LUDLOW, by Bradd Hopkins
Reading of the feature screenplay
Based on a True Story. The government turns machine guns on its people in 1914 in Southern Colorado when a miner's strike against powerful coalmining companies erupts in open warfare.
10 Questions with the Writer
2. Why should your script be made into a film?
A stone memorial rises out of the stark prairie west of Interstate 25 seventeen miles north of Trinidad, Colorado. It is a lonely place today, but in 1913-1914, 1200 striking coal miners and their families overwintered in tents here. On April 20, 1914, after a day-long hail of machine gun fire, the tent colony was burned to the ground by mine guards and the Colorado National Guard militia in a violent alliance to protect the Rockefeller mining interests. Twelve children died in that battle for collective bargaining rights, and for recognition of the United Mine Workers union.
I believe the world needs to remember this true story, especially in light of present attempts to errode the rights of workers. A similar massacre occurred only last year at platinum mines in South Africa; 39 miners died. The problem is still with us.
3. How long have you been writing screenplays?
I started writing screenplays in 2002 after working as a publisher/editor in a small press. The first script I wrote, fraught with errors as it was, was optioned by LB Films...I think because the concept was fresh and the story was sound.
4. What film have you seen the most in your life?
Casablanca, without a doubt.
5. What artists in the film industry would you love to work with?
James Cameron, for the experience and the fascinating projects. Actor Kevin Spacey, for his keen sense of character dramatization, many others.
6. How many screenplays have you written?
Four as sole author (, Ludlow, Willowbees, and Riders of the Haute Couture; two with screenwriter Barry Nickelsberg (Blowtorch, Navassa); and three short film scripts: Debt to Society (directed this in 2011), Taco Valley (with Valerie Moore), and Fade Away. Others in progress.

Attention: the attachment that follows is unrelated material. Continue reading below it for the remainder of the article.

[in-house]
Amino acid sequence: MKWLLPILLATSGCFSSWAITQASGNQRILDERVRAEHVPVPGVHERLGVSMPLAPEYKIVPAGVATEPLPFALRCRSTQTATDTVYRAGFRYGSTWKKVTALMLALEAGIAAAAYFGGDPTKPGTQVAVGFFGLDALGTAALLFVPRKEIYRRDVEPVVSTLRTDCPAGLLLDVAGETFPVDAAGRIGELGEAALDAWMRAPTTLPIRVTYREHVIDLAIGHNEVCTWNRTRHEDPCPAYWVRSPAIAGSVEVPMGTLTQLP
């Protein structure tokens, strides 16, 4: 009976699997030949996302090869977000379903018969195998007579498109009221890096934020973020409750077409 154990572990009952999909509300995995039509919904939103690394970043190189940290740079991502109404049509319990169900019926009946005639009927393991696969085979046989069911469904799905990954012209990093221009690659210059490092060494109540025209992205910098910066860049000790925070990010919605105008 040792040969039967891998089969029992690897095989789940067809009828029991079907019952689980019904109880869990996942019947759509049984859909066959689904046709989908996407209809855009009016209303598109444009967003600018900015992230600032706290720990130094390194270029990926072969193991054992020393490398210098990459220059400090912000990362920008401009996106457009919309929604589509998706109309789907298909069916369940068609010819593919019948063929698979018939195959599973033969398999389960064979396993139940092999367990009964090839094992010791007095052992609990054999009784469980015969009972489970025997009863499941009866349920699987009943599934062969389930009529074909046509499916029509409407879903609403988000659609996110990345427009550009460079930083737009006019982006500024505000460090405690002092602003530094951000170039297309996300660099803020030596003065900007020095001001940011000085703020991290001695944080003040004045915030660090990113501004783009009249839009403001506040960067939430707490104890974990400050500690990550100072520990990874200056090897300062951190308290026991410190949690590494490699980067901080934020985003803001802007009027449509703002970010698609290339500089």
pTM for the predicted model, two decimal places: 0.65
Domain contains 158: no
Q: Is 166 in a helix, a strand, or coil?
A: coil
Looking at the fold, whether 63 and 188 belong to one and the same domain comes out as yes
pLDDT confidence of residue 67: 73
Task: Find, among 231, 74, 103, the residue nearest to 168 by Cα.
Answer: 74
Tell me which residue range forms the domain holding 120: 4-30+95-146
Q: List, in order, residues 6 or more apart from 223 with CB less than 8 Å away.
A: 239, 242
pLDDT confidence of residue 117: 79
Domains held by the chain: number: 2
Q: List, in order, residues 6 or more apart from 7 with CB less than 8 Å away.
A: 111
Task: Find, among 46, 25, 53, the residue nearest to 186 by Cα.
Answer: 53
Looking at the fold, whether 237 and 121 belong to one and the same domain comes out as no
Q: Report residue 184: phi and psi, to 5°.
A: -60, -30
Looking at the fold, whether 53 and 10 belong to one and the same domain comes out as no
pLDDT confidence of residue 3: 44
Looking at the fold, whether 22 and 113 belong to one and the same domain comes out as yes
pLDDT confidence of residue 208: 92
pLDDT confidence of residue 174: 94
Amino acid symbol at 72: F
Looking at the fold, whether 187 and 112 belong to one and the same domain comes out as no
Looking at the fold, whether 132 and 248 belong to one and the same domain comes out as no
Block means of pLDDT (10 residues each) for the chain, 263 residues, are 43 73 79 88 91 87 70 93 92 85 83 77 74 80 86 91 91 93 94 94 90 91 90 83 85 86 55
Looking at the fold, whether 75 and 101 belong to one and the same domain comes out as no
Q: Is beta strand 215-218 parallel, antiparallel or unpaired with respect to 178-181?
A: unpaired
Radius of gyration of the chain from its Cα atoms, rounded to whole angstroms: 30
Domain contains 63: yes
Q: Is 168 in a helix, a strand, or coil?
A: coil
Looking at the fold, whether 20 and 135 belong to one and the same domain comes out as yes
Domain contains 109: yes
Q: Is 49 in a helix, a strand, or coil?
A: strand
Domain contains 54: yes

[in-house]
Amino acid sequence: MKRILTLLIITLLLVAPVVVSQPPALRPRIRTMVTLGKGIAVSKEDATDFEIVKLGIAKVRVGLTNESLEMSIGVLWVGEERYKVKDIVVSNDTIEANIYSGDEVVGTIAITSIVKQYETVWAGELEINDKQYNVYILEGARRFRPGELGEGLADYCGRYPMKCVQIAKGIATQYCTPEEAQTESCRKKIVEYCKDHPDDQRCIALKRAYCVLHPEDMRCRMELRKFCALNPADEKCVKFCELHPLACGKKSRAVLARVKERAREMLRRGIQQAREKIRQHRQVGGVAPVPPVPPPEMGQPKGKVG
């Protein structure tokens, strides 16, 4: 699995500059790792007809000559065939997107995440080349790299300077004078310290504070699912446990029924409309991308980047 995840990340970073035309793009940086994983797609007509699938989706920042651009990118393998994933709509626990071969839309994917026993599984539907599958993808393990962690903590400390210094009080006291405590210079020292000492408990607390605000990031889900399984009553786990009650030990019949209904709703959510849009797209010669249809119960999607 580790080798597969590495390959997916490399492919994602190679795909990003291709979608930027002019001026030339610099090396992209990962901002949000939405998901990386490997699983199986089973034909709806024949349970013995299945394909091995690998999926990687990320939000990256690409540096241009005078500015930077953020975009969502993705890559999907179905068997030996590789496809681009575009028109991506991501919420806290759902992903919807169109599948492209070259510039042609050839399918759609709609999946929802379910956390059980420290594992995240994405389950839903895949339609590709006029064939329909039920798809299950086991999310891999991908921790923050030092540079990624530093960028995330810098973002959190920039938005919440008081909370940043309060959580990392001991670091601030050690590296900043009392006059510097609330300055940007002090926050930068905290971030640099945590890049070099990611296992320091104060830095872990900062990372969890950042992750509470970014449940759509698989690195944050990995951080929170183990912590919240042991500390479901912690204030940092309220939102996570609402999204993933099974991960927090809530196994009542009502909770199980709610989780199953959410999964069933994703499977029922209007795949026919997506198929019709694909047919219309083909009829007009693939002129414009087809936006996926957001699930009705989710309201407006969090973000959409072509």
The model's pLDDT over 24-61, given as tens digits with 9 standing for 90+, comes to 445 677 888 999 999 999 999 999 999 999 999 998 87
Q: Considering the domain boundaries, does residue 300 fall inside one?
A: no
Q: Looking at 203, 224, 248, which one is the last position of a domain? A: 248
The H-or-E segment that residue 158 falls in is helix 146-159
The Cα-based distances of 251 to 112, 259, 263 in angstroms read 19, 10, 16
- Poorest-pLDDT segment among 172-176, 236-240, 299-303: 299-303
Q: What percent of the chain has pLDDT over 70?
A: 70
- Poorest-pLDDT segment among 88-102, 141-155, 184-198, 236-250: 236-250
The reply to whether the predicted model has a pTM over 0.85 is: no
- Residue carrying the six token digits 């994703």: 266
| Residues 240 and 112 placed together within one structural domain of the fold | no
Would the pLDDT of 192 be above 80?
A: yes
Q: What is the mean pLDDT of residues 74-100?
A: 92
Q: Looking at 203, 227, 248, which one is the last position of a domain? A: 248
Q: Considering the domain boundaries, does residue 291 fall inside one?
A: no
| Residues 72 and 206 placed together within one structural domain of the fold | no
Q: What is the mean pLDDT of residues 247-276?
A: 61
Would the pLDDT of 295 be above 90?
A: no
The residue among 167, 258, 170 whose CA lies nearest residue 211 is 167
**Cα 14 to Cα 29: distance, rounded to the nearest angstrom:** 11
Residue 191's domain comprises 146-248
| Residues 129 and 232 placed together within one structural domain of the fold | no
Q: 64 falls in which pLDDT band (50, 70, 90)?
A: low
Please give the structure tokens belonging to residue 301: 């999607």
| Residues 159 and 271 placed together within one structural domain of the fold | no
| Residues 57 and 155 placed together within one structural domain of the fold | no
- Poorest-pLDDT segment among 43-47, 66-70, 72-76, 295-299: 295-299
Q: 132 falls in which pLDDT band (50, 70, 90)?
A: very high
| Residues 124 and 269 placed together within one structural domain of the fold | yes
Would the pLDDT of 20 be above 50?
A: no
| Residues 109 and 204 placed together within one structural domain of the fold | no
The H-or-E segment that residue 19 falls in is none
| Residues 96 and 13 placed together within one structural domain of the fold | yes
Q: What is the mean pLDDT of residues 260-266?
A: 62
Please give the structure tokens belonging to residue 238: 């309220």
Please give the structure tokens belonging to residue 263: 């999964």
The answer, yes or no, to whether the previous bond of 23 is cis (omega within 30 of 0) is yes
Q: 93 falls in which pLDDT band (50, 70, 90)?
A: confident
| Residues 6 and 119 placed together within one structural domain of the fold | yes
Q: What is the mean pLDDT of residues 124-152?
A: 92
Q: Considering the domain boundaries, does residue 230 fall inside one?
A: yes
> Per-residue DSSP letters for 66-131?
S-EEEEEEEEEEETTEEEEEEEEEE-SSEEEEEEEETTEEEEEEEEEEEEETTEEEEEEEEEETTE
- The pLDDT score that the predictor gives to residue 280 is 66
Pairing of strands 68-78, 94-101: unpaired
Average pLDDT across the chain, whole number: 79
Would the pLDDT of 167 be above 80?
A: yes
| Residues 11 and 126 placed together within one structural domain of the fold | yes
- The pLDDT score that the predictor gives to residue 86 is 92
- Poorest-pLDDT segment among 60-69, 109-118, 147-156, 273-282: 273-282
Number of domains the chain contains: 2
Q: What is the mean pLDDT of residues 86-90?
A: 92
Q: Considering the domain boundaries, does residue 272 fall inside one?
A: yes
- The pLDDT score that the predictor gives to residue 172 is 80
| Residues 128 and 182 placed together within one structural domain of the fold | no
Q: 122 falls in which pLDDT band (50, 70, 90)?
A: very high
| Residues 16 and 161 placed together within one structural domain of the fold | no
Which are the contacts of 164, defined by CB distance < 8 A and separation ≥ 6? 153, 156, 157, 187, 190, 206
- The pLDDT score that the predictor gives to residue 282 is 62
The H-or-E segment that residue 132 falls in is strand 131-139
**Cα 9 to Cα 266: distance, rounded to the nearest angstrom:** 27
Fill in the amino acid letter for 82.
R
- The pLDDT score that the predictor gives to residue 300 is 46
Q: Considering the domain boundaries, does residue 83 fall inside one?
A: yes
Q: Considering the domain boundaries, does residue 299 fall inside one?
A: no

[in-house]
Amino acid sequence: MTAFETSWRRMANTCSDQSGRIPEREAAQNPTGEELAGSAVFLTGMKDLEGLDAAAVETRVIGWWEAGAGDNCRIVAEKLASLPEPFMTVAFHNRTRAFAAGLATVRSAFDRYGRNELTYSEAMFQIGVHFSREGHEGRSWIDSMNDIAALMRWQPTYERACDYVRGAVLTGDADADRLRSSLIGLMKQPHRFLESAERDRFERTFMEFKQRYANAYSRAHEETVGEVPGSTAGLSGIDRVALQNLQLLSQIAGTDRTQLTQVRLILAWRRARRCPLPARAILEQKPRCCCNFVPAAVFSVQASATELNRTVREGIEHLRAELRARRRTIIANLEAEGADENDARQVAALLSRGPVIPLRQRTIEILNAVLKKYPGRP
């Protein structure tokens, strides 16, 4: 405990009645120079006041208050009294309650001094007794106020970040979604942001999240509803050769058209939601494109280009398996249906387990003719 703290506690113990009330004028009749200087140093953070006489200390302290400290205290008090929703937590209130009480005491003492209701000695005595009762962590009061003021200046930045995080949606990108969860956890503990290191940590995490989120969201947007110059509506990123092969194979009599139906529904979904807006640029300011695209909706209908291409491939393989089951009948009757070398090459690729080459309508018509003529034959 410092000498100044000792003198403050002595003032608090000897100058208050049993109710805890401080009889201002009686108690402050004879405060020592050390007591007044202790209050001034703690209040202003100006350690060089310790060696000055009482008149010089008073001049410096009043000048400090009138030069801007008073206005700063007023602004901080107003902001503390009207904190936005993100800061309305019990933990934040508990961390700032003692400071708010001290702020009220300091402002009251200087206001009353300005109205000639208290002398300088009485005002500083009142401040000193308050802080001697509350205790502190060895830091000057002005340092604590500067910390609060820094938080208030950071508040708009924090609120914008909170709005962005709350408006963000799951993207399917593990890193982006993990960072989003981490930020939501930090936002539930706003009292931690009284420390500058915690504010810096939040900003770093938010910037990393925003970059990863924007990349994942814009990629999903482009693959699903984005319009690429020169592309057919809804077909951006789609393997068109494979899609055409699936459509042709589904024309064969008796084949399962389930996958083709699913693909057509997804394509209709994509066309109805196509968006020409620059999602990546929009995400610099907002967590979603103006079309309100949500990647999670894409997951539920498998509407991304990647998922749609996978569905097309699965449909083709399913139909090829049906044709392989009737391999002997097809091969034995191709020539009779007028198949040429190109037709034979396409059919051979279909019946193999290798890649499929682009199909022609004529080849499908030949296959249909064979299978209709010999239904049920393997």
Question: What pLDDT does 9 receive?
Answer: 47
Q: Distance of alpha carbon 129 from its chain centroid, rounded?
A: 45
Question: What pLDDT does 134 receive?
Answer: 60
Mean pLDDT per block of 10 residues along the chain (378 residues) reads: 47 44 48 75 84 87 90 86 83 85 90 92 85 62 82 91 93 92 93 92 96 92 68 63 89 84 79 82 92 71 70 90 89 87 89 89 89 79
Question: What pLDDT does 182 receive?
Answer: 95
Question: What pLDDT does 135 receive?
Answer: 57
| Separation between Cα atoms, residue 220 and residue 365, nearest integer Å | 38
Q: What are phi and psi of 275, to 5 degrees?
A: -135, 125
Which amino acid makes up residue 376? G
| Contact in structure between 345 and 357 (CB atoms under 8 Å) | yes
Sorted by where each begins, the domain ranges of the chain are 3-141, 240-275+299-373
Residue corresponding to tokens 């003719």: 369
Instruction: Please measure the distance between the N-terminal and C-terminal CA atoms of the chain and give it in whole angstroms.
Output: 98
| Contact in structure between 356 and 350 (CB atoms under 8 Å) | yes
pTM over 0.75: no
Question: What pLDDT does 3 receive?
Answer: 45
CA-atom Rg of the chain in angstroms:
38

7. Ideally, where would you like to be in 5 years?
Making feature films. My work produced by others, as well. Producers waiting to see what comes next. Cast and crew wanting to work on my films.
8. Describe your process; do you have a set routine, method for writing?
I try to write something daily. My best writing occurs between 4:00 A.M. and noon, when I'm fresh and the world is quiet. I spend several hours a week studying the craft of screenwriting. I attend regular meetings of a screenwriting workshop sponsored by New Mexico Women in Film, of which I am a member. I spend a lot of time "grooming" a script. I think the Annabelle and Me script is actually the eight significant revision.
9. Apart from writing, what else are you passionate about?
Learning. Teaching. Ideas. And I love producing and directing films, or working on a film crew in any capacity and I do it whenever I can (ten independent films since 2006). Actually, I moved to New Mexico and started working on films because I was convinced that the experiences would help me write a better script.
10. What influenced you to enter the WILDsound Script Contest?
The script evaluations, above all things. Writers of spec scripts tend to work in an intellectual vacuum where constructive criticism is a precious comodity. An impartial critique is incredibly helpful, because we don't see our own mistakes as readily as do others. And the approachability of the staffers at WILDsound is amazing.
11. Any advice or tips you'd like to pass on to other writers?
There's always, ALWAYS something you can do to make a script better. Keep doing it. And, very important, try to know where your market is and write toward it.